These kind of ungodly decisions serve to remind us that the world in which we live is hostile to things of God. It reminds us that we live here as “aliens and strangers,” that we’re temporary residents of a foreign land. But it still remains a world that God so loved that he sent his only Son, so . . .
4. We must not avoid our calling: to engage the culture and all people with the truth and mercy of the gospel.
Even as culture goes off the rails, and we may seem powerless to stop it, we’re not off the hook from engaging it and actively loving people. Although we may want to retreat and go into self-protective mode, we must not. The church did not do so as the Roman culture descended into greater ungodliness and injustice. The downward spiral of our society and the increasing celebration of what is explicitly forbidden in God’s word make our sharing the gospel more important than ever! The gospel is the only hope for a broken world and fallen hearts. For this reason, the church must not attack and demean gays and lesbians because of this issue. The gospel is a message of hope for everyone; not a platform for condemnation and ridicule. The gospel is heard through the words and deeds of His people. Another way to put this is our need to …
5. “Keep calm and carry on” as God’s people and his church.
During World War II during the bombing, people in Britain felt that the world was falling apart. “Keep calm and carry on” became a common phrase on billboards and posters as a way to encourage the British people. We need to follow this advice as well. How do we do this when we see everything around us in a downward spiral and decay? We lean on and trust in the Rock of our salvation, who is still with his people while we continue to carry out his Kingdom work.
We must not let these things have more power over us than they really do. And, thankfully, we still live in a country that allows our views to be heard and we should make our concerns known about the reality of unintended consequences making further trouble and about the future of religious liberty—two major issues embedded in this controversy. But, again, we should not place our faith in any human political or legal structure as our ultimate protector or savior. Jesus said that his kingdom was “not of this world”—neither is ours. The mission of the church continues. The church cannot be either dismissed or destroyed. It remains God’s vehicle of redemption, worked out through his people. That mission will endure until he returns. And in the meantime, the church—and especially the next generation inside her doors— needs to be strengthened by …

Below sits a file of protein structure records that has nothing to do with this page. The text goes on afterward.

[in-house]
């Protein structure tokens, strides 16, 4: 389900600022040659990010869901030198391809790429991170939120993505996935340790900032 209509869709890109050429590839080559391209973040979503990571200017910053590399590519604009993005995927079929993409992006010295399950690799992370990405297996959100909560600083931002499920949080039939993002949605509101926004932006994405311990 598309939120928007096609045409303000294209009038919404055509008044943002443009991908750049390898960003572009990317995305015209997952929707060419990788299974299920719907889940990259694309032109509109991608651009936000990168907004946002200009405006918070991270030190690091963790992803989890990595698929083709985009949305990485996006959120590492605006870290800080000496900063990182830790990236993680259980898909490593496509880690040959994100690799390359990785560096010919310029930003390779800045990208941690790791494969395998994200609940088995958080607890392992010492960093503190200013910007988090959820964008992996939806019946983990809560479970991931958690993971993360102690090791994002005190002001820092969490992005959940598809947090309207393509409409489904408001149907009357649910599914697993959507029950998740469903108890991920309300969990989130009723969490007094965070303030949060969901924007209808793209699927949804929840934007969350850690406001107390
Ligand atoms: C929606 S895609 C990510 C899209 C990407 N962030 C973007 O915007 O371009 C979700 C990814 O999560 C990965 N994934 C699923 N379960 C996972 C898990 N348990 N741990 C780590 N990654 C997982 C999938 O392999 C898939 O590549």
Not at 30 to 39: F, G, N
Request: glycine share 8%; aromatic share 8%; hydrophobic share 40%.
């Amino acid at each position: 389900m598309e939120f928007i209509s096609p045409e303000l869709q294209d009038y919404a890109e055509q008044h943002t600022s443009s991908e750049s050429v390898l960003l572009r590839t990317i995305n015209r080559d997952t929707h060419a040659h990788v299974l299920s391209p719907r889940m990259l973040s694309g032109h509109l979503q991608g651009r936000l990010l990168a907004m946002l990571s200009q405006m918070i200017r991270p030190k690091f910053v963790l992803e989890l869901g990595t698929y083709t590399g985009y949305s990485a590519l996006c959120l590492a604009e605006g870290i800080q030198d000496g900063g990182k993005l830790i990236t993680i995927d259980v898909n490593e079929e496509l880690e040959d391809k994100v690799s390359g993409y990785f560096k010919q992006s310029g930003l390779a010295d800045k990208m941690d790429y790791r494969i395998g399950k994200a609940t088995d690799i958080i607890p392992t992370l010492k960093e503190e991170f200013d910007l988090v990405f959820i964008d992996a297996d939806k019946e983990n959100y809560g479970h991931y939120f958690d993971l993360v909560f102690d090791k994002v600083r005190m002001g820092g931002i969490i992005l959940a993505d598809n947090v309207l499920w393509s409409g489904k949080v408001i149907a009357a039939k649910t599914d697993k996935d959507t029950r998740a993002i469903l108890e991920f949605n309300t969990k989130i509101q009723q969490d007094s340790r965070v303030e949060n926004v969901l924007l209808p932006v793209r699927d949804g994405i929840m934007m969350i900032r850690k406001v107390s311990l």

6. Relevant and effective preaching and teaching about sex.
The silence of the church on many issues has contributed to the emergence of movements that have been detrimental to mankind (see: Germany and the rise of Nazism). It can be argued that the church’s failure to preach and teach about why God’s design for sexuality is good, relevant, and functional (even in a broken world) has created a vacuum for the acceptance of same-sex relationships. The church has said “No!” for too long as its main message on sexuality and now needs to say “Here’s how,” or here’s how God’s design for sexuality remains the best venue for people and society to flourish.
John Freeman is president of Harvest USA, a ministry devoted to helping those with sexual struggles and sins. He has a deep burden to see those who struggle with pornography, homosexuality, and other sins experience changed lives through Jesus Christ. A native of Chattanooga, Tenn., John is a graduate of the University of Tennessee and Westminster Theological Seminary in Pennsylvnia and lives with his wife, Penny, of 30 years in Philadelphia.
by Sam Allberry
The polarizing debate about homosexuality has consumed our modern culture, not only in the secular space but within the church itself. Denominations are splitting over the issue, and concerned Christians are struggling to articulate their position on the issue with clarity.
Sam Allberry, a pastor from England, simplifies the issue with profound clarity in Is God Anti-Gay? A must-read for any Christian desiring to be “in the world and not of the world,” this book ably defends the standard of God’s Word with insight, compassion, and grace.